Patients should be instructed to always carefully check that they are administering the correct insulin to avoid medication errors between Novolin R and other insulins. Patients should check the label for the drug name Novolin R, the enlarged R letter, and the blue horizontal bar. If a prescription for Novolin R is needed, it should be written clearly to avoid confusion with other insulin products.

Nonclinical Toxicology

Carcinogenesis, Mutagenesis, Impairment Of Fertility

Standard 2-year carcinogenicity studies in animals have not been performed to evaluate the carcinogenic potential of Novolin R.

Novolin R is not mutagenic in the following in vitro tests: The chromosomal aberration assay in human lymphocytes, the micronucleus assay in mouse polychromatic erythrocytes, and the mutation frequency assay in Chinese hamster cells.

Standard reproduction and teratology studies in animals, including fertility assessments have not been conducted with Novolin R.

Use In Specific Populations


Pregnancy Category B: All pregnancies have a background risk of birth defects, loss, or other adverse outcome regardless of drug exposure. This background risk is increased in pregnancies complicated by hyperglycemia and may be decreased with good glycemic control. It is essential for patients with diabetes or a history of gestational diabetes to maintain good glycemic control before conception and throughout pregnancy. Insulin requirements may decrease during the first trimester, generally increase during the second and third trimesters, and rapidly decline after delivery. Careful monitoring of glucose control is important during pregnancy in patients with diabetes. Therefore, women should be advised to tell their healthcare provider if they intend to become, or if they become, pregnant while taking Novolin R.

No reproductive toxicity studies have been performed with Novolin R.

Nursing Mothers

It is unknown whether Novolin R is excreted in breast milk. Small amounts of human insulin are secreted into breast milk, the significance of which is not known. Use of Novolin R is compatible with breastfeeding, but insulin doses may need to be adjusted because lactation can reduce insulin requirements.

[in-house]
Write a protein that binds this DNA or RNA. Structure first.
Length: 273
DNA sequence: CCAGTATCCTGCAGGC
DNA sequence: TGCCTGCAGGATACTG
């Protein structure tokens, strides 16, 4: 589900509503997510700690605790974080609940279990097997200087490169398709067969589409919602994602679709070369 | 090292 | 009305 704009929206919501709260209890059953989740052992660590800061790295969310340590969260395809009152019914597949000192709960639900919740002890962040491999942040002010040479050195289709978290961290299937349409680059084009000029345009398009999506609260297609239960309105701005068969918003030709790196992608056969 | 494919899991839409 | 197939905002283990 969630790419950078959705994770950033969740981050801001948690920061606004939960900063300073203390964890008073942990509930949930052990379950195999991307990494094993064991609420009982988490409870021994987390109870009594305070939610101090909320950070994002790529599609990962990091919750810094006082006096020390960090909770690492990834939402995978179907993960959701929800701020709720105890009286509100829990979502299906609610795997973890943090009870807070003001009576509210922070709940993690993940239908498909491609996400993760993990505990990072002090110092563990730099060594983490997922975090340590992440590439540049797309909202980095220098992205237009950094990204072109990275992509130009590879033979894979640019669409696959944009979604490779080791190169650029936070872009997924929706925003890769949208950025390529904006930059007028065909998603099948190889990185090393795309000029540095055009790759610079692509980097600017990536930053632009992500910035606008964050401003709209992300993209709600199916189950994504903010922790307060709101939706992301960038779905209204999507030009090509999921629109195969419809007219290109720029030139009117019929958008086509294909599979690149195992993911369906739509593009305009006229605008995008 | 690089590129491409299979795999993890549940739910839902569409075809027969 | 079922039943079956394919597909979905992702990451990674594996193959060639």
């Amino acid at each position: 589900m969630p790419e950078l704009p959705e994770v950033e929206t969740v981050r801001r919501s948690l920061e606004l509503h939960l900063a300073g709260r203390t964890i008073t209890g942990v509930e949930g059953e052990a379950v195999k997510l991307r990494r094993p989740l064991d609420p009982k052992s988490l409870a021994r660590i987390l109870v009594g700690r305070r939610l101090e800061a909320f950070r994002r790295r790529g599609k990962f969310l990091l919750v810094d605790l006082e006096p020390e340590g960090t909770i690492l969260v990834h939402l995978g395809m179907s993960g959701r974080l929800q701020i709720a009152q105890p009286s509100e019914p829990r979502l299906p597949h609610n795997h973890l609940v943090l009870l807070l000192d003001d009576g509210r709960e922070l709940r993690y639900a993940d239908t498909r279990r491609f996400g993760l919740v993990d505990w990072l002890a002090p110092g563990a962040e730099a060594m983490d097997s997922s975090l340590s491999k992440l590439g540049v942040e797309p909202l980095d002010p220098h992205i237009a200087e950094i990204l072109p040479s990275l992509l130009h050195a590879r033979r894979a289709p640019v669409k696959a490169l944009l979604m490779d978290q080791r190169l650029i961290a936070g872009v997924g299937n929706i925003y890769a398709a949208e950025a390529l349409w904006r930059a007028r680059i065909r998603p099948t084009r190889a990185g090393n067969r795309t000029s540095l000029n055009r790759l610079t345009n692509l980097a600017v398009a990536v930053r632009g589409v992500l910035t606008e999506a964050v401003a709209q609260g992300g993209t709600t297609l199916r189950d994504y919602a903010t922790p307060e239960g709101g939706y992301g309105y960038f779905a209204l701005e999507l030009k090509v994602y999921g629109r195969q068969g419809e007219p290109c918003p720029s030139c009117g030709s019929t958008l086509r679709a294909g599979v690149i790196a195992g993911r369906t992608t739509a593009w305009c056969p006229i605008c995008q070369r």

Pediatric Use

The safety and effectiveness of subcutaneous injections of Novolin R have been established in pediatric patients (ages 2 to18 years) with type 1 diabetes [see Clinical Studies]. Novolin R has not been studied in pediatric patients younger than 2 years of age. Novolin R has not been studied in pediatric patients with type 2 diabetes.

In general, pediatric patients with type 1 diabetes are more susceptible to hypoglycemia than adult patients with type 1 diabetes. As in adults, the dosage of Novolin R must be individualized in pediatric patients based on metabolic needs and frequent monitoring of blood glucose [see DOSAGE AND ADMINISTRATION and WARNINGS AND PRECAUTIONS].

Geriatric Use

In 3 controlled clinical trials 18 of 1285 patients (1.4%) with type 1 diabetes treated with Novolin R and insulin aspart were ≥ 65 years of age. In 4 controlled clinical trials 151 of 635 patients (24%) with type 2 diabetes were ≥ 65 years of age. Therefore, conclusions are limited regarding the efficacy and safety of Novolin R in patients ≥ 65 years of age, particularly in patients with type 1 diabetes. Pharmacokinetic/pharmacodynamic studies to assess the effect of age on Novolin R have not been performed.

Use caution in patients with advanced age, due to the potential for decreased renal function in this population [see WARNINGS AND PRECAUTIONS].

This monograph has been modified to include the generic and brand name in many instances.

Last reviewed on RxList: 2/23/2016


Report Problems to the Food and Drug Administration


You are encouraged to report negative side effects of prescription drugs to the FDA. Visit the FDA MedWatch website or call 1-800-FDA-1088.


Find tips and advances in treatment.